BAMAKO, Mali (The Southern African Times) — West African leaders escalated pressure on Mali’s ruling junta late Thursday, calling on them to allow President Ibrahim Boubacar Keita’s return to power as the mutinous soldiers who overthrew him insisted his midnight resignation had been his own decision.
The junta behind Tuesday’s military takeover said the 75-year-old Keita was only being held at army barracks for his own protection, and denied he had been ousted in the first place.
“There was no coup d’état because the constitutional order is still in force,” junta spokesman Ismaël Wagué told reporters at a press briefing late Thursday. “The president of the republic resigned on his own after making an analysis of the country’s situation.”
Keita was last seen by Malians late Tuesday on state broadcaster ORTM where he announced his immediate resignation and the dissolution of his government and the National Assembly. His speech came just hours after mutinous soldiers had surrounded his house and fired shots into the air before detaining him and the prime minister.
Heads of state from the regional bloc known as ECOWAS late Thursday called for the mobilizing of a standby regional military force, saying Keita must be allowed to serve out the three years left in his term after this week’s “coup attempt.” They warned that the junta was responsible for the safety of Keita and all other detained government officials.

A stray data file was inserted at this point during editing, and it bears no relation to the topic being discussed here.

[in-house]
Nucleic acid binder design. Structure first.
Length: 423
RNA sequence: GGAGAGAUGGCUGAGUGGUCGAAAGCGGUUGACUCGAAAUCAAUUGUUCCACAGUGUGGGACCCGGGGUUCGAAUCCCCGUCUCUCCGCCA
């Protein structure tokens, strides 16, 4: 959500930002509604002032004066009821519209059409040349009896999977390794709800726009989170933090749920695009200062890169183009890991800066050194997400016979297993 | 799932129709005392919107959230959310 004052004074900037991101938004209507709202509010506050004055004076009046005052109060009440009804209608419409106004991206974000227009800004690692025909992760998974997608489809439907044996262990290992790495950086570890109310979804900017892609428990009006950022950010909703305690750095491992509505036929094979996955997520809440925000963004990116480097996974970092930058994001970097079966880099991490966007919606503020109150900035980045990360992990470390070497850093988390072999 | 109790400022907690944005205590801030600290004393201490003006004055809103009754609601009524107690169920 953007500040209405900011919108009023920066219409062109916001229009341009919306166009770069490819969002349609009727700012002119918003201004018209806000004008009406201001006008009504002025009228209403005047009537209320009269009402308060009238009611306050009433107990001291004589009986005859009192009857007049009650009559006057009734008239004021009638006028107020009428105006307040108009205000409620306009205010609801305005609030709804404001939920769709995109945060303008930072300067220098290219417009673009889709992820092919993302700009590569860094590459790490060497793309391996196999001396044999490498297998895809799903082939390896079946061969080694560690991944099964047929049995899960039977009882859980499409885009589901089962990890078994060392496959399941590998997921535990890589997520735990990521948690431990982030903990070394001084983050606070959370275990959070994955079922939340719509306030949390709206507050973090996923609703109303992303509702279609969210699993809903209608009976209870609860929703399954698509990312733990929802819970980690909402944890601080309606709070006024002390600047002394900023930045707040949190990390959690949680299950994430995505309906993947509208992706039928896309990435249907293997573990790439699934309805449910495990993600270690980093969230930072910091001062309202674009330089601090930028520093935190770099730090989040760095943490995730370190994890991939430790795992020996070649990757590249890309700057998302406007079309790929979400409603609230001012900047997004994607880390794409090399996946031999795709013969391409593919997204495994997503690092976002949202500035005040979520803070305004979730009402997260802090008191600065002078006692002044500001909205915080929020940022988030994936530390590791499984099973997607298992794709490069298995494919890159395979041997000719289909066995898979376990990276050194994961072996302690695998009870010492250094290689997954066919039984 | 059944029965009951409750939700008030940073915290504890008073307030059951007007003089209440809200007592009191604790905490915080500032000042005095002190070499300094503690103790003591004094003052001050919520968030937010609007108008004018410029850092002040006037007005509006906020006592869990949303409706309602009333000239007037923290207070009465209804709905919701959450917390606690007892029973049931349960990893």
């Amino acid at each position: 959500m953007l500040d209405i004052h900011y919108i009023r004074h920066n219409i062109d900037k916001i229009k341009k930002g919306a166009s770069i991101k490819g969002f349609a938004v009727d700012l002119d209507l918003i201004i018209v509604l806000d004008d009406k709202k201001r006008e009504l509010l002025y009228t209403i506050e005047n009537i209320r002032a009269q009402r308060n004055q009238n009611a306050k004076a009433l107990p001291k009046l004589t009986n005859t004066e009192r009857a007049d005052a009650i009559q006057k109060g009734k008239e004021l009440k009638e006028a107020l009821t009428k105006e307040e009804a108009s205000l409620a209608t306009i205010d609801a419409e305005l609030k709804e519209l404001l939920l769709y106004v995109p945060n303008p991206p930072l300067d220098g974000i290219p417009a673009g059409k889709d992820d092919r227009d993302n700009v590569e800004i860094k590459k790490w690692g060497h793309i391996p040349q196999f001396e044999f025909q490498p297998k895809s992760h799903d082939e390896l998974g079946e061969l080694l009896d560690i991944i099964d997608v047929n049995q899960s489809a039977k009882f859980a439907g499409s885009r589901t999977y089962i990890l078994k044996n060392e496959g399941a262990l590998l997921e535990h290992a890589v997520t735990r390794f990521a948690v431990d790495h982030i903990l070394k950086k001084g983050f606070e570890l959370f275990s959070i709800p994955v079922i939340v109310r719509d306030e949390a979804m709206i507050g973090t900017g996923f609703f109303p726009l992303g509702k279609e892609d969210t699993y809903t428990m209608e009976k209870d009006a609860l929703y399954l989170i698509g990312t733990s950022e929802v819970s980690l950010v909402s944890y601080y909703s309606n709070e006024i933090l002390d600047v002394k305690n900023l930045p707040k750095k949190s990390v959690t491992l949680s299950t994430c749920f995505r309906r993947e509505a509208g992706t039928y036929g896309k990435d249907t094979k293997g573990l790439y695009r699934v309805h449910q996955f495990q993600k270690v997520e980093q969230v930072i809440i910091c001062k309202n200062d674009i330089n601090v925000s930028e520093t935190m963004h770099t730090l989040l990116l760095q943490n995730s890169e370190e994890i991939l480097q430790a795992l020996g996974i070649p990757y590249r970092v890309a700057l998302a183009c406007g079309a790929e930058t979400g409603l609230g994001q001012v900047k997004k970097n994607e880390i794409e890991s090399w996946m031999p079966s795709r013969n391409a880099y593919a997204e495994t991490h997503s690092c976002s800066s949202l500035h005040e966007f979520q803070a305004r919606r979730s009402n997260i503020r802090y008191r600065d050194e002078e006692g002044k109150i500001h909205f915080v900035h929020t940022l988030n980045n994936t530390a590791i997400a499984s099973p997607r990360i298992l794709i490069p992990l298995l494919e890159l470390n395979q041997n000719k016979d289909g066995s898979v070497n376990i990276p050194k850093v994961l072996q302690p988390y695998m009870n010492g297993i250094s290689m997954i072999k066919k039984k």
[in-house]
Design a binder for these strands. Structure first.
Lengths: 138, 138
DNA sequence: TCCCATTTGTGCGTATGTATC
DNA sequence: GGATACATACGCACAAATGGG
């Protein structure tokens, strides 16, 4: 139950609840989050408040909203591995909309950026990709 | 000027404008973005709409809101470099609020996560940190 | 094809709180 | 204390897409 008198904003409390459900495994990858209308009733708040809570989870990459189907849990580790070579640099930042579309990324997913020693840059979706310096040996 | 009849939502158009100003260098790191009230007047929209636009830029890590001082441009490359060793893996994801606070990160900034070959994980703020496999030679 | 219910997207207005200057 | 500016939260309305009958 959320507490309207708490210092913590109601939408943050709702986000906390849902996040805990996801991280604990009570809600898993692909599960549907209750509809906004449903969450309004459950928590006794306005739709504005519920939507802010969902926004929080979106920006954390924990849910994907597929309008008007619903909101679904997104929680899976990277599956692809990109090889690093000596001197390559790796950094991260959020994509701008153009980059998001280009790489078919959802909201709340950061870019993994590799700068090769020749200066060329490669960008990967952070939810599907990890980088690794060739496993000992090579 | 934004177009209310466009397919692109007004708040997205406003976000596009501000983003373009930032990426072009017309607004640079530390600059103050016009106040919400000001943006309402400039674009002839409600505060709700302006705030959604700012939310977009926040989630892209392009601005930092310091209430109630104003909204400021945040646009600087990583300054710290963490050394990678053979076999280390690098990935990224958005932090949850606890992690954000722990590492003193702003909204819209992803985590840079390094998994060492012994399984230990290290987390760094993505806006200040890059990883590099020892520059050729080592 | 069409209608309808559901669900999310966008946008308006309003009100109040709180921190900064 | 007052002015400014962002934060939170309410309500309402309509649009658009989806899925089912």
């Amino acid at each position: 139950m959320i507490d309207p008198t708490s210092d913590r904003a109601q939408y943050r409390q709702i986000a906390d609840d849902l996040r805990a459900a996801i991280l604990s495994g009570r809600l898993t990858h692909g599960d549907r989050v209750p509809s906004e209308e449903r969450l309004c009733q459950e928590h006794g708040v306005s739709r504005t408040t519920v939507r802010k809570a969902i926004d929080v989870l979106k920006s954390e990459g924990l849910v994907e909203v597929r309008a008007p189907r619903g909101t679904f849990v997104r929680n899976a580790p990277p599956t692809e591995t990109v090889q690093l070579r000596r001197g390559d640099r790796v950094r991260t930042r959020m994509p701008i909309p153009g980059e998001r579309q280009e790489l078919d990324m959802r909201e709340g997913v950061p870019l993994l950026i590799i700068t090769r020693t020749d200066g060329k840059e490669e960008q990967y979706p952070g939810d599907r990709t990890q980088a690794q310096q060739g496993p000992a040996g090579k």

The United Nations and France also urged a return to constitutional order in Mali, amid fears that Islamic extremists could once again gain ground amid the political upheaval, derailing more than seven years of effort to stabilize the country.
French President Emmanuel Macron again condemned Tuesday’s coup “against a president who was democratically elected by his people.”
“We asked for him to be released as quickly as possible, and for no violence to be committed,” Macron said, speaking Thursday evening alongside German Chancellor Angela Merkel.
ECOWAS previously invoked the potential use of its standby military force in 2017 after then-Gambian President Yahya Jammeh refused to acknowledge defeat in an election. Jammeh ultimately agreed to go into exile and no military action was taken.
ECOWAS said it would soon send a delegation to Bamako to try to help restore constitutional order. The bloc already had suspended Mali’s membership, closed its borders with the country and promised other financial sanctions against the junta leaders.